- Tolkien once told a Jesuit friend: "The Lord of the Rings is of course a fundamentally religious and Catholic work... the religious element is absorbed into the story and the symbolism."(11) People defending Tolkien, saying he was a strict Roman Catholic and thus Christian, should read more about Roman Catholicism and especially the Jesuit Order. Both these "religious" groups are nothing but front groups for the Illuminati - the power that is currently controlling political events in the background, to create a One World Government, and to pave the way for the "AntiChrist". Challenging question: Was Tolkien actually also a Jesuit in secret?
- A staunch Roman Catholic, he affirmed his faith in the One God who created the universe. But his mythical God stopped creating before the work was finished, then turned the rest over to a group of lesser gods or "sub-creators." In other words, Tolkien invented a hierarchy of deities that defied the Biblical God's wise warnings concerning both real and imagined idolatry." (5)
I can say most assuredly that The Lord of the Rings trilogy comes from the pits of hell and is a clever instructional course in witchcraft disguised as fantasy and entertainment. Part one was released in movie form on December 19, 2001, shortly after the two towers of the World Trade Center came down. It was called “The Fellowship of the Ring.” Part two was called “The Two Towers” and was released December 18, 2002. Part three is named “The Return of the King” and was released December 17, 2003, and is breaking all records for ticket sales. All three movies were released at the time of the witchcraft sabat of Yule!It is a bit strange that the movie "The Two Towers" was released right after the two towers fell. That caught my attention. And when I later found out that Tolkien was into dreams - precognitive dreams - well that was just a bit too hard too ignore. But, maybe a coincidence, and a fortuitous one at that. Tolkien did not even want to divide his book up, and did not want the title of "The Two Towers." There was confusion in his mind as to what two towers were being referred to in the title. So is Lord of the Rings based on Biblical imagery, or the occult? The dichotomoy is nowhere more apparent in the scene described in The Secret of Marian Apparitions, and Tolkien's Mirror of Galadriel, Here we have the elf queen, Galadriel, a symbol of the virgin Mary from the Catholic faith. And yet combined with it is the ancient practice of staring into a bowl of water to see images of the future. Such an ancient practice was common in ancient Greece, and is even described in one scene in the Hebrew work, the book of Jasher. And even Galadriel is tempted towards the dark side - we have a battle between light and darkness. My opinion? Tolkien was intent on creating a modern day myth. And he drew upon ancient and modern symbolism, some drawn from his own subconscious. You have symbols representing good, and symbols representing evil.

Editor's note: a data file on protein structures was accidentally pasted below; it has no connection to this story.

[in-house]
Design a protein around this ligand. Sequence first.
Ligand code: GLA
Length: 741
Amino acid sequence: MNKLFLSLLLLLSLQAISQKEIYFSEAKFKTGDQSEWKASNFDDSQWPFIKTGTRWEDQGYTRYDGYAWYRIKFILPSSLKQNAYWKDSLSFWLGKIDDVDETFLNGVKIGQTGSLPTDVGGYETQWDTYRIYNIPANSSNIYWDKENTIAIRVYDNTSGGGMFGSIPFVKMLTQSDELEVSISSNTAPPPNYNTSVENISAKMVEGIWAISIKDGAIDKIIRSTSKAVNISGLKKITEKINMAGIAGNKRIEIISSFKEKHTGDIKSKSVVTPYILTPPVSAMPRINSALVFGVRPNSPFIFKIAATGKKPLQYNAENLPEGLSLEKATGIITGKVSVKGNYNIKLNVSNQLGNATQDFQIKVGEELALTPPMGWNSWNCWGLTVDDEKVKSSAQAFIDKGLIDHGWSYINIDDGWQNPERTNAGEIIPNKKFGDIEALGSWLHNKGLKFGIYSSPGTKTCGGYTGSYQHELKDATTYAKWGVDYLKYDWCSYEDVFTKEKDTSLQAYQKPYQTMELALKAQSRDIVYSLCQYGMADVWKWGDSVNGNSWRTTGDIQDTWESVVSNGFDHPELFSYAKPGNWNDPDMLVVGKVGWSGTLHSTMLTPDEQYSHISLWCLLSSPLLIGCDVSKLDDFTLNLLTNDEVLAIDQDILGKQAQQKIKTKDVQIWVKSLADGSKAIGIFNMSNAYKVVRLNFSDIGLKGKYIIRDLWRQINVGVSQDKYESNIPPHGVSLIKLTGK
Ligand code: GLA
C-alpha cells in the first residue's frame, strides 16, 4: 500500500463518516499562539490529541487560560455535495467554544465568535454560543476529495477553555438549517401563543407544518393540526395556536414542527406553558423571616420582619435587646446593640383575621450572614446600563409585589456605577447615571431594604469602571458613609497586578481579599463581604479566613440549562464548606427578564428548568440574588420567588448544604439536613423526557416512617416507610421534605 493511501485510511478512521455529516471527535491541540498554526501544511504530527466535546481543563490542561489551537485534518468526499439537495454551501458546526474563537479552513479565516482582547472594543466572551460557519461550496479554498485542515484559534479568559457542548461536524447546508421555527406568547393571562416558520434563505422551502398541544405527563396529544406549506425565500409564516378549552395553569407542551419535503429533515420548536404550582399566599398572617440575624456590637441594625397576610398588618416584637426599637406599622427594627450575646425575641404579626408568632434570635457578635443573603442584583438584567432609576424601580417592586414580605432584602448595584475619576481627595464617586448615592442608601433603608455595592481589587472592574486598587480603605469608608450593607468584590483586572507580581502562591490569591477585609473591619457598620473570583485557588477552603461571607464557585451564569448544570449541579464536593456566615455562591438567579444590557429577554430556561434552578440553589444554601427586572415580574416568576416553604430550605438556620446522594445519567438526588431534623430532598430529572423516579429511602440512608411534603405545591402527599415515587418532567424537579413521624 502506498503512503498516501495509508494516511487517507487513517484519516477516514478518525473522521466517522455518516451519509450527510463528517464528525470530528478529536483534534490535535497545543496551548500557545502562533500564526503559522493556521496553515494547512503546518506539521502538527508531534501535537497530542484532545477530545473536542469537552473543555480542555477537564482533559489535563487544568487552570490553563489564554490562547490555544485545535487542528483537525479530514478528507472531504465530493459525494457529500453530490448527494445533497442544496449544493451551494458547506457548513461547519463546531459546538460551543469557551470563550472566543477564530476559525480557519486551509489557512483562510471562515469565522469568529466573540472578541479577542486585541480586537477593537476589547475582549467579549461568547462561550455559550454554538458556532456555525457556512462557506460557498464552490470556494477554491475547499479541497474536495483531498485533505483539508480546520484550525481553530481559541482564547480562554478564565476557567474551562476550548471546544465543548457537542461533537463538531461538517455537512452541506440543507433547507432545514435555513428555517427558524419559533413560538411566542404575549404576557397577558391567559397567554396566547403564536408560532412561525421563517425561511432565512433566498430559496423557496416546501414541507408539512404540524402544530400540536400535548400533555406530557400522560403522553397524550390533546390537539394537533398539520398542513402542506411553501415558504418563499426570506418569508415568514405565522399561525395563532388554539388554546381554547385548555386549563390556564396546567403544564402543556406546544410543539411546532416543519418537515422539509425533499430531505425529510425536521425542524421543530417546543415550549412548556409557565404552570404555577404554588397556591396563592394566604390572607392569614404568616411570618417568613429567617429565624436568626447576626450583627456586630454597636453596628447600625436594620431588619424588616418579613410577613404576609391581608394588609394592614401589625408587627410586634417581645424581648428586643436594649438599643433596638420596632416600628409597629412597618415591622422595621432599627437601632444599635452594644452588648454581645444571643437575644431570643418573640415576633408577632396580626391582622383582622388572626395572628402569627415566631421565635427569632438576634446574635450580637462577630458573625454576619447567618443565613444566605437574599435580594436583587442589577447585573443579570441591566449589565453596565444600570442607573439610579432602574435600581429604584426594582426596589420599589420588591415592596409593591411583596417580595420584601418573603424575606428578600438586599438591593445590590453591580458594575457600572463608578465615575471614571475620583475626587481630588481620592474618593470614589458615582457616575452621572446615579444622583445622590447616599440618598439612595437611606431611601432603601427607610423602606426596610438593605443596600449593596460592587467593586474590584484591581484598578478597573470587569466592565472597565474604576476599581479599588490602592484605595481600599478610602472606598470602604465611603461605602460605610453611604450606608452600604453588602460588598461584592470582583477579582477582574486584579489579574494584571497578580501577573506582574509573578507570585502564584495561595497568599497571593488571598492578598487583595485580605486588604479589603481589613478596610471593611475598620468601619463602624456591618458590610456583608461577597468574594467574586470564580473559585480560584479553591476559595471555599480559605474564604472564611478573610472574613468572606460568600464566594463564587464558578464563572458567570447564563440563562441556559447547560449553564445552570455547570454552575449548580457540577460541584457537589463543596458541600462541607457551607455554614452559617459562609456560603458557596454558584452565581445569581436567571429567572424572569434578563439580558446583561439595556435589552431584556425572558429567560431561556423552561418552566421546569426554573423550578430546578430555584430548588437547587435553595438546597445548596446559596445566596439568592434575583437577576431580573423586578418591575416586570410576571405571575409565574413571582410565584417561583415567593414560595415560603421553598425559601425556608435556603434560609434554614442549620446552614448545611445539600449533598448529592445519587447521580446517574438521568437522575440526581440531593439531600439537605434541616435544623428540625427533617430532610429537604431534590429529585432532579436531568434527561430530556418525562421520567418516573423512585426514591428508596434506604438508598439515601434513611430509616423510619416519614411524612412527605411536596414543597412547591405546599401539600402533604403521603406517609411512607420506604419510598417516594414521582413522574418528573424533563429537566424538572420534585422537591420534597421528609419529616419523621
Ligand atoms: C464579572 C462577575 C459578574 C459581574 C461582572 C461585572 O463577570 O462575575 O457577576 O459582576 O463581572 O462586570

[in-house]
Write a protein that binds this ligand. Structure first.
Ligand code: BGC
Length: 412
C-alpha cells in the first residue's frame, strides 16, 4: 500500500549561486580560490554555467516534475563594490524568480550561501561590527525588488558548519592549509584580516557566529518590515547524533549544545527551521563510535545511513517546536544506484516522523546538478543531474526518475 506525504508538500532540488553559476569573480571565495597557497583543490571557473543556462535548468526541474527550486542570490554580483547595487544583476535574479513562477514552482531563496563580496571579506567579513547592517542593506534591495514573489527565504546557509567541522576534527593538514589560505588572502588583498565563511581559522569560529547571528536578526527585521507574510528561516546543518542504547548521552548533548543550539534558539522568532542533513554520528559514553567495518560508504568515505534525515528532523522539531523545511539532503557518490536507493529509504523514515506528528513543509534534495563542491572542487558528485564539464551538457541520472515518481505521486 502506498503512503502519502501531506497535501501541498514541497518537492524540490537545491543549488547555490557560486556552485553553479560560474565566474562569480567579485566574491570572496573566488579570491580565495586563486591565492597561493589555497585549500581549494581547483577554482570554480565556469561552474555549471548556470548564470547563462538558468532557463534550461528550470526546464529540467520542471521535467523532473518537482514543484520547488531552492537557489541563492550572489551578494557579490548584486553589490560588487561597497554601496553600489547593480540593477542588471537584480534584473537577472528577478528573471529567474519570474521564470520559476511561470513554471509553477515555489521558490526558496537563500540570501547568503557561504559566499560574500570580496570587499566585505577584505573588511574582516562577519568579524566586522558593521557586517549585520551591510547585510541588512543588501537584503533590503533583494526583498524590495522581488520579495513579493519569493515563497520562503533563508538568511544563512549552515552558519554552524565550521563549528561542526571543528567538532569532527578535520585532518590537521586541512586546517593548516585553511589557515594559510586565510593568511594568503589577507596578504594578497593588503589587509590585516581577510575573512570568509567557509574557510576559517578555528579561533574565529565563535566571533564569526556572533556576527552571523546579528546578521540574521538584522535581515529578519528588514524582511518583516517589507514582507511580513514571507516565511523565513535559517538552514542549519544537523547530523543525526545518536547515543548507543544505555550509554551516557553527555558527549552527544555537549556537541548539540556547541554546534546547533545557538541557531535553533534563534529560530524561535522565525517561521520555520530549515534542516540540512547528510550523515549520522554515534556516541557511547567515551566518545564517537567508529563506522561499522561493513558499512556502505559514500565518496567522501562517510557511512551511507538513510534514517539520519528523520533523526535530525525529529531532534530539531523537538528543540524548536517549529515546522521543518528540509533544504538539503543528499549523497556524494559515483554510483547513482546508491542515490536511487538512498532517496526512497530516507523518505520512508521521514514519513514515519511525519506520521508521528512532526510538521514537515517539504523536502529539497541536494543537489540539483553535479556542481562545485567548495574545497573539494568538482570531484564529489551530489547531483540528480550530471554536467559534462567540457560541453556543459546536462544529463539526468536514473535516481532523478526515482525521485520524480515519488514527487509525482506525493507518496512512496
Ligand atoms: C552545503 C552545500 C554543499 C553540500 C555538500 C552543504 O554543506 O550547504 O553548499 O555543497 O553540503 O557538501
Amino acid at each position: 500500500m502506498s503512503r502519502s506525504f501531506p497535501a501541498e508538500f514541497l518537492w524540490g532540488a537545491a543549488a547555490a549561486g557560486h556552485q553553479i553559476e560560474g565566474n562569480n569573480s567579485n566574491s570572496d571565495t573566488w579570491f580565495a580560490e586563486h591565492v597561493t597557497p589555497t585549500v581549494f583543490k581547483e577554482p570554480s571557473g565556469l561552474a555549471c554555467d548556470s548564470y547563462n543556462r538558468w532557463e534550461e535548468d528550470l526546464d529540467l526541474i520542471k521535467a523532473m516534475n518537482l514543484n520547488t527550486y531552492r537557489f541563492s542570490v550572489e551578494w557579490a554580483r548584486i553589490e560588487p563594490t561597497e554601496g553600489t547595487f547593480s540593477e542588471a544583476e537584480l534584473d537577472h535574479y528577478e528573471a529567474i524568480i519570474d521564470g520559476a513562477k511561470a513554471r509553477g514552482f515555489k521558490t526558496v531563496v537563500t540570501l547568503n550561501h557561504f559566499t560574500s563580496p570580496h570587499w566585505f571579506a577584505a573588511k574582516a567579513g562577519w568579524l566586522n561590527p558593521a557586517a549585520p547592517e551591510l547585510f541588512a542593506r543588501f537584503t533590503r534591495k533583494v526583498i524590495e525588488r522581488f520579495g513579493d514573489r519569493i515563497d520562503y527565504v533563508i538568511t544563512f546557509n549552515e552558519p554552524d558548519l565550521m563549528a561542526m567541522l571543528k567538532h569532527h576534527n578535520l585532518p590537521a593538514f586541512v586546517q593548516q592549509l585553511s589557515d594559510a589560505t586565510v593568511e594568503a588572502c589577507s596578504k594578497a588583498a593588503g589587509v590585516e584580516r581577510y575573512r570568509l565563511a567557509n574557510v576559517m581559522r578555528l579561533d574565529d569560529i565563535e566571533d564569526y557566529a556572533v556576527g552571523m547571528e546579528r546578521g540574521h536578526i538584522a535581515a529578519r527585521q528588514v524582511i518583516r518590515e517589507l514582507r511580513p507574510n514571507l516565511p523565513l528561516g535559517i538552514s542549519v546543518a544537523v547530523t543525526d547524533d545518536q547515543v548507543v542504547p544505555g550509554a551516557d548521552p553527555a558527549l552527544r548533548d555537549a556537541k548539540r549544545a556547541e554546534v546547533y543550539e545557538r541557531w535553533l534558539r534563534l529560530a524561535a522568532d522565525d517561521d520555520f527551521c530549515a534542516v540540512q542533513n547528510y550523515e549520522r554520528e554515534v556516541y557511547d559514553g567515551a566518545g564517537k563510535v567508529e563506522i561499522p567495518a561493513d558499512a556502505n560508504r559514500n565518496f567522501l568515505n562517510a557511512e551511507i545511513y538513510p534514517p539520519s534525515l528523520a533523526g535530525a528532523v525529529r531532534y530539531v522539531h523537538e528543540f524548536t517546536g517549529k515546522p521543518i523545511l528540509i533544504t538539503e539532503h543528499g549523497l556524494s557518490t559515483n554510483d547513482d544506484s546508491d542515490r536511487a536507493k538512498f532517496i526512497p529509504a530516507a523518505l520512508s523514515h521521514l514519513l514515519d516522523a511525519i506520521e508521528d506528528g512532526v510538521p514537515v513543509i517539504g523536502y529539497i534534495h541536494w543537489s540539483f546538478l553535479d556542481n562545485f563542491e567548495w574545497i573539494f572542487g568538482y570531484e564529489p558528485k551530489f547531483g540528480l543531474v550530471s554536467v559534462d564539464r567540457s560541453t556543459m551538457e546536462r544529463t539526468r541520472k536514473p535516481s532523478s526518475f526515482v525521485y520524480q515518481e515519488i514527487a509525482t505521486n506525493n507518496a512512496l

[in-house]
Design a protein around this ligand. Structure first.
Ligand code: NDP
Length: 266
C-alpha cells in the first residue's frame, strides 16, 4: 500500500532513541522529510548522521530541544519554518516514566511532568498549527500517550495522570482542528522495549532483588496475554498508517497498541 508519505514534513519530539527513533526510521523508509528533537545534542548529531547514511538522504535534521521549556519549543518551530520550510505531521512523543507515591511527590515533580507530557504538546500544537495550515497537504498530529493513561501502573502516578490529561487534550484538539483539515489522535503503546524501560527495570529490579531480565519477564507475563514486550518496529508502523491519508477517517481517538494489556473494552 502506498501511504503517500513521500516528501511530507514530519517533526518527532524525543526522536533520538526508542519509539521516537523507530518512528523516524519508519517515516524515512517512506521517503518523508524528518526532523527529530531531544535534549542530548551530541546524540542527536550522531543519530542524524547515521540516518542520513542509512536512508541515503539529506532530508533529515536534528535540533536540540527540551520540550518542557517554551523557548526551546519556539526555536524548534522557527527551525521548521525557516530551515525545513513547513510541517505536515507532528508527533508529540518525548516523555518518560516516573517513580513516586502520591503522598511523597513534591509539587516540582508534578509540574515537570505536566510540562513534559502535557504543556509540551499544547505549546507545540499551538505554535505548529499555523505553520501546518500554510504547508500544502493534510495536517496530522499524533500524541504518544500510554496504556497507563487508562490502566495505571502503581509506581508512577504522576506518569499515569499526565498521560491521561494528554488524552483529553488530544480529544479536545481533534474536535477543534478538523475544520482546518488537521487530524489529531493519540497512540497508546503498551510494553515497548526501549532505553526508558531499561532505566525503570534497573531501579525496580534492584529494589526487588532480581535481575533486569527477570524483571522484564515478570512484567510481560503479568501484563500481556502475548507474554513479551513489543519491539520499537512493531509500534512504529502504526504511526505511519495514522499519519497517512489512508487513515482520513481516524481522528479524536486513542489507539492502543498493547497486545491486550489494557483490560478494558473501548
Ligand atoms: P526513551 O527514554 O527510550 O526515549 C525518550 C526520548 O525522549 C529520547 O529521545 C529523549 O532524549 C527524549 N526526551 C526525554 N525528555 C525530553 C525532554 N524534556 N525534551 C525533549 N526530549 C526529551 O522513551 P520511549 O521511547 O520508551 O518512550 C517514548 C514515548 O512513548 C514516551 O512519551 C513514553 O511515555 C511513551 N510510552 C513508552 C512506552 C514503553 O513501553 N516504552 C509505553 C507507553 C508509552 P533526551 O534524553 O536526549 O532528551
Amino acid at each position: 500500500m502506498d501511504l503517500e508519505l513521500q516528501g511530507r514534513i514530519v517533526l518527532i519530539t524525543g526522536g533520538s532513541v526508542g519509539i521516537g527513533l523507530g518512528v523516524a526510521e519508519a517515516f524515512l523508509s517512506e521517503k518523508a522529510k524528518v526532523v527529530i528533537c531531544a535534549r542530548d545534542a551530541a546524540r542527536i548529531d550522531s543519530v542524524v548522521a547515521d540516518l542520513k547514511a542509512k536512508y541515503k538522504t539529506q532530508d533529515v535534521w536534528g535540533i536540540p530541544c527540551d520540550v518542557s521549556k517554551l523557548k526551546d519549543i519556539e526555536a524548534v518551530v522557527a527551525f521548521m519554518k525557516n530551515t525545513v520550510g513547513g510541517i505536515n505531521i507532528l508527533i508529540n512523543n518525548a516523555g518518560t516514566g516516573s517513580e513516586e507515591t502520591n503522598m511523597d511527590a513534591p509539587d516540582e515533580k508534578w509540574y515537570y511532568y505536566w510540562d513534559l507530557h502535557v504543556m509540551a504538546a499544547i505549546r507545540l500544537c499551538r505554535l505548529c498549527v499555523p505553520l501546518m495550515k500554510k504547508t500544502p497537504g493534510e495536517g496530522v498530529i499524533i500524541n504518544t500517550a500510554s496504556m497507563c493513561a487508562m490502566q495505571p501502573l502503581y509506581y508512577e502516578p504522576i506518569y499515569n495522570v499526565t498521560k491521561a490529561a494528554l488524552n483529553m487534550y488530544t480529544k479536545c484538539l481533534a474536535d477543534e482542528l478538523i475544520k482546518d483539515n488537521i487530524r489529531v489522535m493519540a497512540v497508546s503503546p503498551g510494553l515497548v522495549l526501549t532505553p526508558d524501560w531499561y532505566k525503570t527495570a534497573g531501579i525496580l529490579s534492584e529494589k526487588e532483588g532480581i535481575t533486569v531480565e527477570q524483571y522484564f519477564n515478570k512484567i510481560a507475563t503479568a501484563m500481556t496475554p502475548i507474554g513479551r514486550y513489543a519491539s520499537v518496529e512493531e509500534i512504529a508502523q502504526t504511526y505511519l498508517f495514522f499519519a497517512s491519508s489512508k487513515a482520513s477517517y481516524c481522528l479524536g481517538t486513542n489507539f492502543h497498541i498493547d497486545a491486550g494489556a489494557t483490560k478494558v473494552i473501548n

But -- why such an scene of seeing the future in Lord of the Rings? Tolkien had quite an interest in precognitive dreams. What did Galadriel say at that mirror again?
THE STRANGE CASE OF BILBO'S BIRTHDAY PARTY
The first book of the series, The Fellowship of the Ring, begins with the episode of Bilbo's birthday party. So what is so strange about it? Well nothing. Nothing at first. First, here is the scene from the movie:
So, what of this character, Bilbo Baggins? Here is Bilbo with the wizard Gandalf blowing smoke rings through their pipes:
Here is a picture of J.R.R. Tolkien with a pipe:
Just for kicks, here is a picture of Peter Jackson in New Zealand, director of Lord of the Rings, with a pipe:
If one looks through the private letters of J.R.R. Tolkien, one reader commented that Tolkien looked like a hobbit. And Tolkien confirmed some of the reader's remarks. If one examines the book, The Hobbit, it is based on the more ancient story of Beowulf. (see, for example, Tolkien and Beowulf). And indeed, as a professor at Oxford Tolkien was most well known for his work on Beowulf. From Beowulf - Lord of the Rings Wiki: